Senate Democrats will have a wider field of possibilities and probably more open seats available to expand their majority in 2008, though Senate Republicans will have several chances to pick off red-state Democrats.
Of the 33 seats up for election two years from now, 21 are held by Republicans. Eight of those 21 were elected with 55 percent of the vote or less in 2002, and in seven of them the incumbent is a freshman. The party also faces several retirement questions.
Democrats might not lose any incumbents to retirement now that they are in the majority — a crucial first step to maintaining and growing that majority.
Two big Democratic retirement risks, 82-year-old Sen. Frank Lautenberg (N.J.) and 69-year-old Sen. Jay RockefellerJay RockefellerObama to preserve torture report in presidential papers Lobbying world Overnight Tech: Senators place holds on FCC commissioner MORE (W.Va.), intend to run again in 2008, according to their offices. Sen. Tom HarkinTom HarkinDistance education: Tumultuous today and yesterday Grassley challenger no stranger to defying odds Clinton ally stands between Sanders and chairmanship dream MORE (D-Iowa), who turns 67 on Sunday, could announce whether he will run for a fifth term by the end of the week, his office said.
Harkin, Sen. Carl LevinCarl LevinFor the sake of American taxpayers, companies must pay their fair share What the Iran-Contra investigation can teach us about Russia probe Senate about to enter 'nuclear option' death spiral MORE (D-Mich.), 72, who has not decided, and Sen. Max BaucusMax BaucusChanging of the guard at DC’s top lobby firm GOP hasn’t reached out to centrist Dem senators Five reasons why Tillerson is likely to get through MORE (D-Mont.), 64, who did not respond to inquiries, may be re-energized by capturing prized committee chairmanships. Levin will lead the Armed Services Committee, Baucus will run the Finance Committee and Harkin will head the Agriculture Committee.
All five of those seats would be attractive to Republicans if they were open, though Harkin has never garnered more than 55 percent of the vote in his four campaigns, and his seat will draw Republican attention regardless of whether he stays or goes.
Lautenberg’s decision to run again is particularly important for Democrats because he already retired once, in 2000, only to run again in 2002; does not have a chairmanship because his seniority was not restored; and could face tough opposition from Tom Kean Jr., the Republican candidate this year, who ran strongly even though he was defeated.
Jennifer Duffy of the Cook Political Report expects Democrats to skate into 2008 with all five of these potential retirees. “Given that Democrats have the majority, I don’t expect anybody to retire,” Duffy said. “I think Harkin was thinking about it, but now that he has Ag, what’s his incentive to retire? Maybe Rockefeller was thinking about it, but now he’s got Intelligence, so what’s his incentive?”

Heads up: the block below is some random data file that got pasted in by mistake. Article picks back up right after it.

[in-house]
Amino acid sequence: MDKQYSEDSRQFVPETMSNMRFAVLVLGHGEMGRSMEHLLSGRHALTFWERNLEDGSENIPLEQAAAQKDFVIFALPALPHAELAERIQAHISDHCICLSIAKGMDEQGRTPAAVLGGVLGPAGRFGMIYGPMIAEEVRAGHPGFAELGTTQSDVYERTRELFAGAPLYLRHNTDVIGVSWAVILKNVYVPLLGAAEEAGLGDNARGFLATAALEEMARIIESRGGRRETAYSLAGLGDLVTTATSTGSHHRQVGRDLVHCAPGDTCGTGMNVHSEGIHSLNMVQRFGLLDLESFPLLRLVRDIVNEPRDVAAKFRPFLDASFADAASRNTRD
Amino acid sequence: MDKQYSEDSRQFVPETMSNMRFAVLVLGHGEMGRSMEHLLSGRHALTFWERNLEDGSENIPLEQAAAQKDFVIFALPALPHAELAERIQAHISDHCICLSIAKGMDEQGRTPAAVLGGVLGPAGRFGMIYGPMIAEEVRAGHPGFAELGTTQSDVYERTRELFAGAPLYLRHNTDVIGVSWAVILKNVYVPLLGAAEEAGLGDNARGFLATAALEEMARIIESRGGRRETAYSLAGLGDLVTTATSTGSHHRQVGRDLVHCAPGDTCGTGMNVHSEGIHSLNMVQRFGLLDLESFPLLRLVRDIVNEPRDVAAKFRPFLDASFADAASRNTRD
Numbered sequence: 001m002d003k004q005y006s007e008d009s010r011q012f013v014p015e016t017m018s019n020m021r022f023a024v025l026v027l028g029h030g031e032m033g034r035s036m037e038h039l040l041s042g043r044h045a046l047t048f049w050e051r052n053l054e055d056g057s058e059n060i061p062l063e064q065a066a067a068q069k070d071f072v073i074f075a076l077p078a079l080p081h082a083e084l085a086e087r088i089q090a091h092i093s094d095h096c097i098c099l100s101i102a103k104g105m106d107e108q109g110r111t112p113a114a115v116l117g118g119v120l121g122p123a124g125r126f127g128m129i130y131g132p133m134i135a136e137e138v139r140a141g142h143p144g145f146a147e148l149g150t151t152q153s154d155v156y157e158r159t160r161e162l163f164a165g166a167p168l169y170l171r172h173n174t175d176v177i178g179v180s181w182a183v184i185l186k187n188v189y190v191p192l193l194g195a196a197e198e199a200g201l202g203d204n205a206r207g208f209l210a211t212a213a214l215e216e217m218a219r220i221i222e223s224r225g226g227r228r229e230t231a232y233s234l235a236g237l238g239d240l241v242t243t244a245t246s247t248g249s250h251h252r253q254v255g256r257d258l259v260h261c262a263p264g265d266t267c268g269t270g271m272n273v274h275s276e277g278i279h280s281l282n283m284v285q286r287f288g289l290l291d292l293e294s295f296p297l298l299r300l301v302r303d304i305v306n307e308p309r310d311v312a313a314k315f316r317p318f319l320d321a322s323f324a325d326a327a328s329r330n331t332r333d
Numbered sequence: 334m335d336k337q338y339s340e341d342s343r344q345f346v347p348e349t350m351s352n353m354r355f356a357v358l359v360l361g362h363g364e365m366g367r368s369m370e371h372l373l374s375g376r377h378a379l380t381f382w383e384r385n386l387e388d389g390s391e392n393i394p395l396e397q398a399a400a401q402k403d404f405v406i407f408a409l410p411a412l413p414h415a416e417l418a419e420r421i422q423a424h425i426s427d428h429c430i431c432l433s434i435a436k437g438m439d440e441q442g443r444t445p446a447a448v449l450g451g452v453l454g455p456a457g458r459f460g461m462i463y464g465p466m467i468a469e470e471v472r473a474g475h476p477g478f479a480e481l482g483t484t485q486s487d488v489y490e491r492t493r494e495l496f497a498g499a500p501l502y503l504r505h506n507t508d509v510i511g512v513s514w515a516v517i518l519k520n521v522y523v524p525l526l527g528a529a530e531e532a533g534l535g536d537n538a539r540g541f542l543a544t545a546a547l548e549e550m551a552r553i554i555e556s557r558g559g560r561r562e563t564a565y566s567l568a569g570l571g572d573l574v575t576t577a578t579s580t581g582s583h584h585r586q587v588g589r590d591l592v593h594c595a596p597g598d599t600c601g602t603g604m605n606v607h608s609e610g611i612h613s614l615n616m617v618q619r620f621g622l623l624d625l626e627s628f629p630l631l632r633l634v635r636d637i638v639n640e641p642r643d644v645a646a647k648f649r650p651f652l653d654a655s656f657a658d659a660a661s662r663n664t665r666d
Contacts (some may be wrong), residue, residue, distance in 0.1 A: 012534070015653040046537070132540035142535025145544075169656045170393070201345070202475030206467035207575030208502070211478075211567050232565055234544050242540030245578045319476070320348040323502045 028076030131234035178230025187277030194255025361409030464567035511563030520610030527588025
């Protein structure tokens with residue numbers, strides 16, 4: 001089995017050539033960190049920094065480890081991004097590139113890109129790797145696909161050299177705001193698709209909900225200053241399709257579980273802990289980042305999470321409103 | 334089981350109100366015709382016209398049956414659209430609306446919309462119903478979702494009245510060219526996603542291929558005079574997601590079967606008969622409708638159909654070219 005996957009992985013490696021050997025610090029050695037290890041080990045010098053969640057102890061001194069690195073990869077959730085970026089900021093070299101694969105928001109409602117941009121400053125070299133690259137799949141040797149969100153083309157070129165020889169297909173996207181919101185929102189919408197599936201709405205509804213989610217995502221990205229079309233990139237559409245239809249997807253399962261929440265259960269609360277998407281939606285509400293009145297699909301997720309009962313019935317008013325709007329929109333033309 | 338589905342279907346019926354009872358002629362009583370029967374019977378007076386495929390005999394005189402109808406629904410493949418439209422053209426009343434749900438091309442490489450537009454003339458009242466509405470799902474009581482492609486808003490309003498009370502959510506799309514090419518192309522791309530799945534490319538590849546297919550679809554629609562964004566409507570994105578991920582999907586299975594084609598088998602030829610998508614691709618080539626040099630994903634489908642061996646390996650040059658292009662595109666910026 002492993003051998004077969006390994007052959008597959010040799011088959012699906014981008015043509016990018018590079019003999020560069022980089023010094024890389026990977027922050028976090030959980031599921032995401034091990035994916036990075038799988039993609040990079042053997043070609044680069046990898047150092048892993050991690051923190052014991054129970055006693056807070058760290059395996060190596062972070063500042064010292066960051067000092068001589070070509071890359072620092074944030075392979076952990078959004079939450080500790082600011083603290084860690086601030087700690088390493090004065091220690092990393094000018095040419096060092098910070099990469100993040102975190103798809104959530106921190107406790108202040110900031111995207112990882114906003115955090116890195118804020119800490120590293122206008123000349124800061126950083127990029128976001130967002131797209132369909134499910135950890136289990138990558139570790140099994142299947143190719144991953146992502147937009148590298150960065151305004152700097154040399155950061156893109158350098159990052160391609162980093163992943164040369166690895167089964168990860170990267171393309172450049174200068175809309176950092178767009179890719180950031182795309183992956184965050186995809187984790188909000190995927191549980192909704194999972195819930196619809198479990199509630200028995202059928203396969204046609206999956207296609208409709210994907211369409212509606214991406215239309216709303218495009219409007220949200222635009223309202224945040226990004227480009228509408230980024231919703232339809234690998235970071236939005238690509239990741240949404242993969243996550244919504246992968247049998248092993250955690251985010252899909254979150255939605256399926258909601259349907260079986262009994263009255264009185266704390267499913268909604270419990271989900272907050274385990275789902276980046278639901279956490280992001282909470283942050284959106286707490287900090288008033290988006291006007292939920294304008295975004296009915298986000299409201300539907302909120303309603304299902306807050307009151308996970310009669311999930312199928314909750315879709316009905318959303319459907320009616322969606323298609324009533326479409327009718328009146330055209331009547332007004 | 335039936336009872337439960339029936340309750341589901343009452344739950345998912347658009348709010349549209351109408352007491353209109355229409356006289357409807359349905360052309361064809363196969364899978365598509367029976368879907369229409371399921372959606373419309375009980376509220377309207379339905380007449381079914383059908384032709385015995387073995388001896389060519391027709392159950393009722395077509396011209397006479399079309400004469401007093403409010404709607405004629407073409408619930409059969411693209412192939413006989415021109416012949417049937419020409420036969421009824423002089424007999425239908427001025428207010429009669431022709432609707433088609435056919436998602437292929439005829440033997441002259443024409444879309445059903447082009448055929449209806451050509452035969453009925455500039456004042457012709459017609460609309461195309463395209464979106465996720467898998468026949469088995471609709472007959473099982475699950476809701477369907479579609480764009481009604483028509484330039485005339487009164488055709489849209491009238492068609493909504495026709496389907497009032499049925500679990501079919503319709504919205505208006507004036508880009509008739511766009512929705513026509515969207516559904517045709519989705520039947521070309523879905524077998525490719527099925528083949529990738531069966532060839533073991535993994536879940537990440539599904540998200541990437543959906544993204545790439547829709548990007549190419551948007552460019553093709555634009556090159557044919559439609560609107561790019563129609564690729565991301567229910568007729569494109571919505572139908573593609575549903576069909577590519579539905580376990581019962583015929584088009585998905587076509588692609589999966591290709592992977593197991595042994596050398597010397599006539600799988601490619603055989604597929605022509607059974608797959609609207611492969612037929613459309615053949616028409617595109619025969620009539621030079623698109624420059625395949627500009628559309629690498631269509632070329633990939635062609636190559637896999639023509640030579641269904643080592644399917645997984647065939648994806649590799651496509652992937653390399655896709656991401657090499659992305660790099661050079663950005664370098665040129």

On the Republican side, Sens. Pat RobertsPat RobertsOvernight Energy: Trump to sign orders on offshore drilling, national monuments Watchdog: EPA spending on water pollution campaign was legal Picking 2018 candidates pits McConnell vs. GOP groups MORE (Kan.), 70, Pete Domenici (N.M.), 74, and Ted Stevens (Alaska), who turns 83 on Saturday, have all told The Hill they intend to seek reelection. But speculation is rampant about Sens. John Warner (Va.), 79, and Wayne Allard (Colo.), who is at the tail end of a two-term-limit pledge.
Warner spokesman John Ullyot said the senator generally decides whether to run about a year and a half before an election. Allard, who has raised the least and has the second-least cashonhand ($120,000) of the 33 senators up for reelection in 2008, will wait until after the New Year to decide, spokeswoman Laura Condeluci said.
Both states would be prime pickup territory for Democrats, who will hold the other Senate seat in each come January. Allard’s seat is a target whether he runs or not, and Democrats already have a strong candidate in Rep. Mark UdallMark UdallPicking 2018 candidates pits McConnell vs. GOP groups Gorsuch's critics, running out of arguments, falsely scream 'sexist' Election autopsy: Latinos favored Clinton more than exit polls showed MORE, who declared for the race in March 2005 and had more than $1 million on hand as of October.
In purple Virginia, former Gov. Mark WarnerMark WarnerOvernight Cybersecurity: DNC hackers also targeted French presidential candidate | Ex-acting AG Yates to testify at Senate Russia hearing Schumer: Senate Russia probe moving too slowly Senate Intel Dem has ‘serious concerns’ on Russia probe MORE (D), who decided against a presidential bid recently, would be a strong candidate to replace Republican Sen. John Warner.